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Washington, D.C. (Jun 27) – Phishing web sites are nothing new online nor the phishing emails millions receive each day. Phishing is the illegal acquisition via nefarious methods to obtain personal information about an individual. Bogus e-mails, giving out too much personal information on the telephone, and trolling social networking web sites are just some of the ways criminals gain access to information one assumes remains private.
The FBI announced the latest threat on June 21, 2010. This new method of identity thief involves tying up personal and business telephone lines. By bombarding telephones, also known as “telephone denial-of-service attacks”, you could be on the verge of a crime targeting your bank accounts.
“In a recent twist, criminals have transferred this activity to telephones, using automated dialing programs and multiple accounts to overwhelm the phone lines of unsuspecting citizens,” states the FBI warning.
This is a diversionary tactic that gives the criminals the ability to masquerade as the victim, and raid the victim’s online trading accounts, money management accounts, and bank accounts.
The warning signs of this scam start weeks or even months before the actual phone scam itself. Thieves use “social engineering tactics or malware to elicit personal information from a victim that this person’s bank or financial institution would have” including account numbers and passwords. Social networking web sites are often ripe picking grounds for these criminals as people tend to fill out profiles revealing too much information about themselves.
The next step is the actual tying up of the victim’s telephone lines using sophisticated technology. Once this happens, “the criminal either contacts the financial institution pretending to be the victim – or pilfers the victim’s online bank accounts using fraudulent transactions. Normally, the institution calls to verify the transactions, but of course they can’t get through to the victim over the phone.”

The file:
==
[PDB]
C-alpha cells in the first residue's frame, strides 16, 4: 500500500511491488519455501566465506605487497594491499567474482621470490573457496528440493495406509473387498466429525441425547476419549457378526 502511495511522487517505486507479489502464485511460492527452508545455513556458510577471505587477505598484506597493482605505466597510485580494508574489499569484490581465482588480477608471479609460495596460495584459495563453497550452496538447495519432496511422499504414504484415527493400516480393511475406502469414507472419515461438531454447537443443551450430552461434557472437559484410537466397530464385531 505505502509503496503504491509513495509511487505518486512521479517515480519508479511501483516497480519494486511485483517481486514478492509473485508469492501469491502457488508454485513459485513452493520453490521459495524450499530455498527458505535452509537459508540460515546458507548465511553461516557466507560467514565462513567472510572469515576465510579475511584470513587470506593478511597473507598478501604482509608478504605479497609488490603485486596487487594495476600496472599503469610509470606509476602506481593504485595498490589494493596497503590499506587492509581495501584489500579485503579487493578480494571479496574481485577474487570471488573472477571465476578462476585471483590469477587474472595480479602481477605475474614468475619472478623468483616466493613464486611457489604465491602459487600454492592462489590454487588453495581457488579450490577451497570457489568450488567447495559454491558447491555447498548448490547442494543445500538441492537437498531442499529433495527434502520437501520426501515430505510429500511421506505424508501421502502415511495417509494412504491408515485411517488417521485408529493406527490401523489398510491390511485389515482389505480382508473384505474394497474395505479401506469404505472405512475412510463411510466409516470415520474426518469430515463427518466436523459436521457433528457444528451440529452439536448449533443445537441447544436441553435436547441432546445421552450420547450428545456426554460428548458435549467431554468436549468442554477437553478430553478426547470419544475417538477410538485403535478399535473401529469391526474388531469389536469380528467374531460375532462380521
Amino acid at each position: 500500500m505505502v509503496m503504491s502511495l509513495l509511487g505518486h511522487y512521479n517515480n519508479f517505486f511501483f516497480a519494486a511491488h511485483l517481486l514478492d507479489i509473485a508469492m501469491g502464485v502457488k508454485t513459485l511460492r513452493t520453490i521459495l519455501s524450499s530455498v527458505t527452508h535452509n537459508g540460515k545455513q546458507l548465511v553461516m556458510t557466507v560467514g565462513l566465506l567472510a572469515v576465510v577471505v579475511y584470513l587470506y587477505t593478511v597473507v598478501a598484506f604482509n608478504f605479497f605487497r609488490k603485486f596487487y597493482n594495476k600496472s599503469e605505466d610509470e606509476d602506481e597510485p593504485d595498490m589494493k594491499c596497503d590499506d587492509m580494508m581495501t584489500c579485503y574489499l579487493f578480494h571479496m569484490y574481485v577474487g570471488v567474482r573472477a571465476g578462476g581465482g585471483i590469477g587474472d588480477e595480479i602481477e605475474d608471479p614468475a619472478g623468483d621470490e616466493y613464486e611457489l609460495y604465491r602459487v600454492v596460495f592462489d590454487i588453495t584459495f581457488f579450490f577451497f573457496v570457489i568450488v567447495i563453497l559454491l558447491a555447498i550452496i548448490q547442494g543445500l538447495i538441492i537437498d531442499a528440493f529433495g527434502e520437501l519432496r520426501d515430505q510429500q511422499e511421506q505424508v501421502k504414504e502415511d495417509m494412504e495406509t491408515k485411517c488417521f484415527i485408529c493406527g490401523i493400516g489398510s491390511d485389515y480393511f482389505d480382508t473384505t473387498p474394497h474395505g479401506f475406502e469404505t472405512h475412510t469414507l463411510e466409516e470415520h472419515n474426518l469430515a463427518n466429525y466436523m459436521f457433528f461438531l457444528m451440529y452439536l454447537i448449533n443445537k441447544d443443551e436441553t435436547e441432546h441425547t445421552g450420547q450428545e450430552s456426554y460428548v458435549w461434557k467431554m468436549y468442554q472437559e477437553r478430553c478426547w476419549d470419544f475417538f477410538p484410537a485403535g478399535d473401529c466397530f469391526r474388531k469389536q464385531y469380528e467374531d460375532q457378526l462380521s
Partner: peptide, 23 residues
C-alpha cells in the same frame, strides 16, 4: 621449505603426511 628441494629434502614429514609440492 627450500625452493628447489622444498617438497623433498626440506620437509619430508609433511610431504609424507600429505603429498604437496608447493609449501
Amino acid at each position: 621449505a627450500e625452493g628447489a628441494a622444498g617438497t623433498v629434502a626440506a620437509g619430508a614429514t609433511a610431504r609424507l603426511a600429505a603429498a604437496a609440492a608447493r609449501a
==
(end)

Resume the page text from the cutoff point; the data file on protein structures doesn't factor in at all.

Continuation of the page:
Should the criminal’s attempt fail, and no transactions take place, “the criminals sometimes re-contact the financial institution as the victim and ask for it to be done. Or they add their own phone number to victims’ accounts and just wait for the bank to call. By the time the victim or the financial institution realizes what happens, it’s too late.”
April of this year saw a noticeable increase in telephone denial-of-service attacks, primarily targeting the Eastern states. However, no one is immune.
Teaming up with the Communication Fraud Control Association, the FBI analyzes patterns and trends of these attacks to identify these criminals and “bring them to justice.” They are also reaching out to educate the public.
Obvious precautions need to take place including “never give out personal information to an unsolicited phone caller or via e-mail; change online banking and automated telephone system passwords frequently; check your account balances often; and protect your computers with the latest virus protection and security software.”
If you believe you are being targeted by the telephone denial of service attack, contact your bank, all financial institutions, and your telephone provider.
The FBI encourages you to file a complaint at the FBI’s Internet Crime Complaint Center – www.fbi.gov/homepage.htm